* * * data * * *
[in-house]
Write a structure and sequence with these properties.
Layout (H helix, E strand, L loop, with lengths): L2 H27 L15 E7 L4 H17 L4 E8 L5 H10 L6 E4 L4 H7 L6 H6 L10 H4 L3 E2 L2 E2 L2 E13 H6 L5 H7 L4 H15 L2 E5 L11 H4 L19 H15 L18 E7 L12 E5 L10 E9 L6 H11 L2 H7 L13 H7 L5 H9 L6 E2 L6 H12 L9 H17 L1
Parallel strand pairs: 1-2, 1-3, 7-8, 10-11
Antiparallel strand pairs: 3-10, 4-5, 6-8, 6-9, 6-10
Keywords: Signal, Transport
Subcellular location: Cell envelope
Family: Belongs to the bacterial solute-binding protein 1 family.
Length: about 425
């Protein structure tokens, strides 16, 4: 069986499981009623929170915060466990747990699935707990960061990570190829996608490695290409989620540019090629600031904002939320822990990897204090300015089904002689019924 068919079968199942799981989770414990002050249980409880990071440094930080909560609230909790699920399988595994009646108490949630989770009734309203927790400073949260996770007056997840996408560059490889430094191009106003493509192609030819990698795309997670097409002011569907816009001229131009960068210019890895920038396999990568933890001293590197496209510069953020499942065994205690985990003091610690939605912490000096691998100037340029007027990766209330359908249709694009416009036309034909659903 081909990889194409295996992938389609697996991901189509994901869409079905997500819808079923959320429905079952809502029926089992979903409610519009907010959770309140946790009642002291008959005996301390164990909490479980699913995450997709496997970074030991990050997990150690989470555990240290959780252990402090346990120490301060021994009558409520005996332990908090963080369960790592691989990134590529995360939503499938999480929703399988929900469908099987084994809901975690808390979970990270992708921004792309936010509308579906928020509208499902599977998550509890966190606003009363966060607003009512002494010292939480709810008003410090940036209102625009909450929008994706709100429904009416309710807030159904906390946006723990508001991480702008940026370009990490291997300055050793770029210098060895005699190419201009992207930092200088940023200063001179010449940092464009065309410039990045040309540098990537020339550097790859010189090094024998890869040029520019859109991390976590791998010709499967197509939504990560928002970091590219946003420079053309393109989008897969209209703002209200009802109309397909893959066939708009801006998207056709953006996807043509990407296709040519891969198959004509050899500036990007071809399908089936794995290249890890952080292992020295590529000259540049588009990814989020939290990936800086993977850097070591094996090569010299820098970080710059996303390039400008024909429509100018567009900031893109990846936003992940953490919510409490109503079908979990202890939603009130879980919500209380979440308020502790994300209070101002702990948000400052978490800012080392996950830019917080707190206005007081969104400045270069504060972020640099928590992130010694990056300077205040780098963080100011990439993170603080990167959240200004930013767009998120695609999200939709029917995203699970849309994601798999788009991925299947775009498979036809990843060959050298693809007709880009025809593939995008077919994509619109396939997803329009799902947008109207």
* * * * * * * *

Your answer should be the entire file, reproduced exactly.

[in-house]
Write a structure and sequence with these properties.
Layout (H helix, E strand, L loop, with lengths): L2 H27 L15 E7 L4 H17 L4 E8 L5 H10 L6 E4 L4 H7 L6 H6 L10 H4 L3 E2 L2 E2 L2 E13 H6 L5 H7 L4 H15 L2 E5 L11 H4 L19 H15 L18 E7 L12 E5 L10 E9 L6 H11 L2 H7 L13 H7 L5 H9 L6 E2 L6 H12 L9 H17 L1
Parallel strand pairs: 1-2, 1-3, 7-8, 10-11
Antiparallel strand pairs: 3-10, 4-5, 6-8, 6-9, 6-10
Keywords: Signal, Transport
Subcellular location: Cell envelope
Family: Belongs to the bacterial solute-binding protein 1 family.
Length: about 425
């Protein structure tokens, strides 16, 4: 069986499981009623929170915060466990747990699935707990960061990570190829996608490695290409989620540019090629600031904002939320822990990897204090300015089904002689019924 068919079968199942799981989770414990002050249980409880990071440094930080909560609230909790699920399988595994009646108490949630989770009734309203927790400073949260996770007056997840996408560059490889430094191009106003493509192609030819990698795309997670097409002011569907816009001229131009960068210019890895920038396999990568933890001293590197496209510069953020499942065994205690985990003091610690939605912490000096691998100037340029007027990766209330359908249709694009416009036309034909659903 081909990889194409295996992938389609697996991901189509994901869409079905997500819808079923959320429905079952809502029926089992979903409610519009907010959770309140946790009642002291008959005996301390164990909490479980699913995450997709496997970074030991990050997990150690989470555990240290959780252990402090346990120490301060021994009558409520005996332990908090963080369960790592691989990134590529995360939503499938999480929703399988929900469908099987084994809901975690808390979970990270992708921004792309936010509308579906928020509208499902599977998550509890966190606003009363966060607003009512002494010292939480709810008003410090940036209102625009909450929008994706709100429904009416309710807030159904906390946006723990508001991480702008940026370009990490291997300055050793770029210098060895005699190419201009992207930092200088940023200063001179010449940092464009065309410039990045040309540098990537020339550097790859010189090094024998890869040029520019859109991390976590791998010709499967197509939504990560928002970091590219946003420079053309393109989008897969209209703002209200009802109309397909893959066939708009801006998207056709953006996807043509990407296709040519891969198959004509050899500036990007071809399908089936794995290249890890952080292992020295590529000259540049588009990814989020939290990936800086993977850097070591094996090569010299820098970080710059996303390039400008024909429509100018567009900031893109990846936003992940953490919510409490109503079908979990202890939603009130879980919500209380979440308020502790994300209070101002702990948000400052978490800012080392996950830019917080707190206005007081969104400045270069504060972020640099928590992130010694990056300077205040780098963080100011990439993170603080990167959240200004930013767009998120695609999200939709029917995203699970849309994601798999788009991925299947775009498979036809990843060959050298693809007709880009025809593939995008077919994509619109396939997803329009799902947008109207």